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Rattus rattus (Linnaeus 1758)

Order Rodentia : Family Muridae

*Introduced species

DESCRIPTION. A blackish (or brownish), medium-sized, slender rat with long, naked, scaly tail; tail usually longer than head and body but not always so; mammae in five or six pairs. Averages for external measurements: total length, 370 mm; tail, 190 mm; hind foot, 36 mm. Weight, up to 200 g.

Rattus rattus

DISTRIBUTION. Common over most of Texas, especially in towns.

HABITS. Black rats, also known as roof rats, are largely commensals and live in close association with humans. They seldom become established as feral animals as do the Norway rats. They inhabit grocery and drug stores, warehouses, feed stores, and poultry houses and can be very common in cotton gins and associated grain warehouses. On farms they live in barns and granaries. They may live near the ground, but usually they frequent attics, rafters, and crossbeams of buildings. They make typical runways along pipes, beams, or wires, up and down studding, or along horizontal ceiling joists, often leaving a dark-colored layer of grease and dirt to mark their travel ways. Like the Norway rat, the black rat is largely nocturnal, and only where populations are relatively high does one see them frequently in the daytime. There is some indication that the larger and more aggressive Norway rat is supplanting the black rat in many parts of the United States. In the southern United States, however, the black rat is by far more common.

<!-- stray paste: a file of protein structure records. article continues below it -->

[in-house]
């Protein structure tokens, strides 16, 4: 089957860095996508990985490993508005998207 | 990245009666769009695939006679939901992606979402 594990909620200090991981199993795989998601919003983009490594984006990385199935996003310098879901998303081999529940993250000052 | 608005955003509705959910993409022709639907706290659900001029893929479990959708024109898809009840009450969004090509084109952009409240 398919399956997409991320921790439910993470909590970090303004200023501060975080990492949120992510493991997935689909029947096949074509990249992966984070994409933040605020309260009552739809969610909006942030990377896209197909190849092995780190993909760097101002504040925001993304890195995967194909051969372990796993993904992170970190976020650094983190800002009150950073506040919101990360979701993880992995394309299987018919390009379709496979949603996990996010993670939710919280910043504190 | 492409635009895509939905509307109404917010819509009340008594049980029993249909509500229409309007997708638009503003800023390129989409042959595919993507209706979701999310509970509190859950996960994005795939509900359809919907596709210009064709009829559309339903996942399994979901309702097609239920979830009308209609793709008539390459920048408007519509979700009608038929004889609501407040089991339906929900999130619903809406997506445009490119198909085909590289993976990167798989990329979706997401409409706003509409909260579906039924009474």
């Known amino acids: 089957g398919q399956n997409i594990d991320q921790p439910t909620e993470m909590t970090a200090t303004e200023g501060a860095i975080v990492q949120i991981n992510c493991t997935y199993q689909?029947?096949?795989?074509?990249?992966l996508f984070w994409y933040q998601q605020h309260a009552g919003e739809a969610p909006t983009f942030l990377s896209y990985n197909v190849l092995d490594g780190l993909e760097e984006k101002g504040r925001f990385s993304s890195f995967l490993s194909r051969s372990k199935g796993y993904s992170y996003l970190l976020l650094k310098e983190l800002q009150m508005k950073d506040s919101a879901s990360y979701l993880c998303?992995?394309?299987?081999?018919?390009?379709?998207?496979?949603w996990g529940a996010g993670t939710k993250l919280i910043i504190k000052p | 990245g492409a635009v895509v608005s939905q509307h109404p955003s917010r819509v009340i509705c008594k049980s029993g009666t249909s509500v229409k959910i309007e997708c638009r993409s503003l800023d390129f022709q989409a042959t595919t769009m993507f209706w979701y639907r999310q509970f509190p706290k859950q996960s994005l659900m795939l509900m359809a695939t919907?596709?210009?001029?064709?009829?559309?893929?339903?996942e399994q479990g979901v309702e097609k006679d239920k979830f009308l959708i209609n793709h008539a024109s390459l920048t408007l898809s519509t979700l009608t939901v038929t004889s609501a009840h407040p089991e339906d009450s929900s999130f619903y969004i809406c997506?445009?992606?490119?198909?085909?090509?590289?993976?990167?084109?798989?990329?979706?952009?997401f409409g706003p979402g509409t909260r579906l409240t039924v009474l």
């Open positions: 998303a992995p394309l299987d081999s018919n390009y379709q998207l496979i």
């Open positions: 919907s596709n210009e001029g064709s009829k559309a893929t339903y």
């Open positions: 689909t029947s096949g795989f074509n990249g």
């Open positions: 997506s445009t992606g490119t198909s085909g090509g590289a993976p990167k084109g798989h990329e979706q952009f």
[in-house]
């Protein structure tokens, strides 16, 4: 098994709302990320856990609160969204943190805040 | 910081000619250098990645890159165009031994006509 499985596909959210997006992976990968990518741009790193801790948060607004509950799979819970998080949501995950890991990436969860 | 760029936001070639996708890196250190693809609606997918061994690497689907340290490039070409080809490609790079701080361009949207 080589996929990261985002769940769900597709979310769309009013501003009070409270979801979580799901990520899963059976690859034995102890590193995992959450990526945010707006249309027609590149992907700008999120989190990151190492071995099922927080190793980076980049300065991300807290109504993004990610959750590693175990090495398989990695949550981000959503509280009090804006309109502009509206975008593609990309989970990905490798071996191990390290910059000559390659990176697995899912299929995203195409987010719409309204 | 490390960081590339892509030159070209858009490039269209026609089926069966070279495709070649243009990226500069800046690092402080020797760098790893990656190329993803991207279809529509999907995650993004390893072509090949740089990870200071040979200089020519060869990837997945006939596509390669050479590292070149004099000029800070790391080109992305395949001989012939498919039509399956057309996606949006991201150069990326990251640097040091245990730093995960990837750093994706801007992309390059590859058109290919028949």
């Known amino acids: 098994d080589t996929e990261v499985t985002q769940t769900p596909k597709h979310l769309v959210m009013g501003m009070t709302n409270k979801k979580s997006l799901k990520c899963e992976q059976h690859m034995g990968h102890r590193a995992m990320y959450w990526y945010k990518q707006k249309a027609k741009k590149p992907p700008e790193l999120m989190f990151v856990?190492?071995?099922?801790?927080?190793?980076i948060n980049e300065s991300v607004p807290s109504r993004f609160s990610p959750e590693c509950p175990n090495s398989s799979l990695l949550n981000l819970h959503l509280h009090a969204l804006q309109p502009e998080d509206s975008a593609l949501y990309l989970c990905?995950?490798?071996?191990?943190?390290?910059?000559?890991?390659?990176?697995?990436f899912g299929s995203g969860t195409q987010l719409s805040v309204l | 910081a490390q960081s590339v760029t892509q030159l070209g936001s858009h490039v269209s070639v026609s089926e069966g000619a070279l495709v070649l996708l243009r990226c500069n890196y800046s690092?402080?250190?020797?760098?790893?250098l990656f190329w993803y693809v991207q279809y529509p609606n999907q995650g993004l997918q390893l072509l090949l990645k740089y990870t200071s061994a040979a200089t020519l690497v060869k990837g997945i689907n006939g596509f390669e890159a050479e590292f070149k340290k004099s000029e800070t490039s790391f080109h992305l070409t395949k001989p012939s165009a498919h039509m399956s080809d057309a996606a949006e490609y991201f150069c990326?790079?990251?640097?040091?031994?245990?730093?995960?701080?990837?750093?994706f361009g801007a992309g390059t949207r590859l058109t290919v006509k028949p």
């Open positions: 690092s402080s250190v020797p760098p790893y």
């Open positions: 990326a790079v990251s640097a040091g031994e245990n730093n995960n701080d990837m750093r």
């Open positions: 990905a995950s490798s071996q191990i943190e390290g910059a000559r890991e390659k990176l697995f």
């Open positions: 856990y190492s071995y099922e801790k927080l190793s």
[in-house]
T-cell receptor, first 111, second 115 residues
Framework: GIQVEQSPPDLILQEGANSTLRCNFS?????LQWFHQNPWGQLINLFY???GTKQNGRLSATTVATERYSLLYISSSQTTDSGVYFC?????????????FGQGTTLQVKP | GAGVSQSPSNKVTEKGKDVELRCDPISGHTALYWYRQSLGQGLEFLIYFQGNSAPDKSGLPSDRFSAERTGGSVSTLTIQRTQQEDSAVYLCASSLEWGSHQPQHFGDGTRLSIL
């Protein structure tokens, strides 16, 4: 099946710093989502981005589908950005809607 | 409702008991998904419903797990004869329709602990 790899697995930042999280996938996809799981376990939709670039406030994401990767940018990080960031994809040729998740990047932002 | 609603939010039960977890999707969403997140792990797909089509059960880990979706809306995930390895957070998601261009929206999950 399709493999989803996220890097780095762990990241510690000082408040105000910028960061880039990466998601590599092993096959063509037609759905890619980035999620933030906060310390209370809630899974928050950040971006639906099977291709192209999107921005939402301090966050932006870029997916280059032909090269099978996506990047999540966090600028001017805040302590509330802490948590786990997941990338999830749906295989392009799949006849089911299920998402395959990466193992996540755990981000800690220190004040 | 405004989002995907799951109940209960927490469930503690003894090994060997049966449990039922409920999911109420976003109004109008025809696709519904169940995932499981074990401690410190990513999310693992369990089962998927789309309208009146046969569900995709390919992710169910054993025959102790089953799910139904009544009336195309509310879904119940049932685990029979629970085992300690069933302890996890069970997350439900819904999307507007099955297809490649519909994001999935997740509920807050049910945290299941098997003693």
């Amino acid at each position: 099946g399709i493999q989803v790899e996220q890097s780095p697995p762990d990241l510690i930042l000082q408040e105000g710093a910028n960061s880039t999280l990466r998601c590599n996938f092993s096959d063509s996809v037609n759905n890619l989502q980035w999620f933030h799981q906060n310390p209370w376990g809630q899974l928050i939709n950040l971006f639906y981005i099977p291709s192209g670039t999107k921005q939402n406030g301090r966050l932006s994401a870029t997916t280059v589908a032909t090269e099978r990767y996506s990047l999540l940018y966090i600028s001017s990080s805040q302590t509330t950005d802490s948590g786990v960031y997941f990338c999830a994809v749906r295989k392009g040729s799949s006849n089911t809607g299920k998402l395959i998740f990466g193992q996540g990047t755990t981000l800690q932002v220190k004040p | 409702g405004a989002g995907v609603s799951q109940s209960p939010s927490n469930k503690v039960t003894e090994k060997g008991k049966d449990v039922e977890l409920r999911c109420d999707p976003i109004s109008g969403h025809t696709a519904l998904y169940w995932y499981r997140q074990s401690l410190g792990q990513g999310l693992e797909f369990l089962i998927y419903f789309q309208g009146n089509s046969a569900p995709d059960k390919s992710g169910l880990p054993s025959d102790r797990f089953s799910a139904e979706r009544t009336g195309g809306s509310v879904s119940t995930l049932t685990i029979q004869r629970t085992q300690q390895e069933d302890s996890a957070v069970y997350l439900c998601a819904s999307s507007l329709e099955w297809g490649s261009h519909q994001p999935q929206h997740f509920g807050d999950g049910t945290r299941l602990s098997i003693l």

They accept a wide variety of food items, including grains, meats, and almost any item that has nutritive value.

Black rats breed throughout the year, with two peaks of production, in February and March and again in May and June. The period of least activity is in July and August. The gestation period is approximately 21 days, and the number of young per litter averages almost seven. At birth, the pups are naked, blind, and nearly helpless. They mature rather rapidly, are weaned when about 3 weeks old, and are able to reproduce when approximately 3 months old. In Texas, young females with a head and body length of 125 mm were sexually mature. Similar to the Norway rat, the black rat is destructive to property and foodstuffs. Also, it plays an important part in the transmission of such human diseases as endemic typhus, rat-bite fever, and bubonic plague.

POPULATION STATUS. Introduced, common. The introduced black rat lives in close association with humans and their structures. It is a pest and can have negative effects on native species of rodents.

CONSERVATION STATUS. The IUCN lists the black rat as a species of least concern, and it does not appear on any federal or state list of concerned species. No conservation is needed.

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From The Mammals of Texas, Seventh Edition by David J. Schmidly and Robert D. Bradley, copyright © 1994, 2004, 2016.  Courtesy of the University of Texas Press.

Natural Science Research Laboratory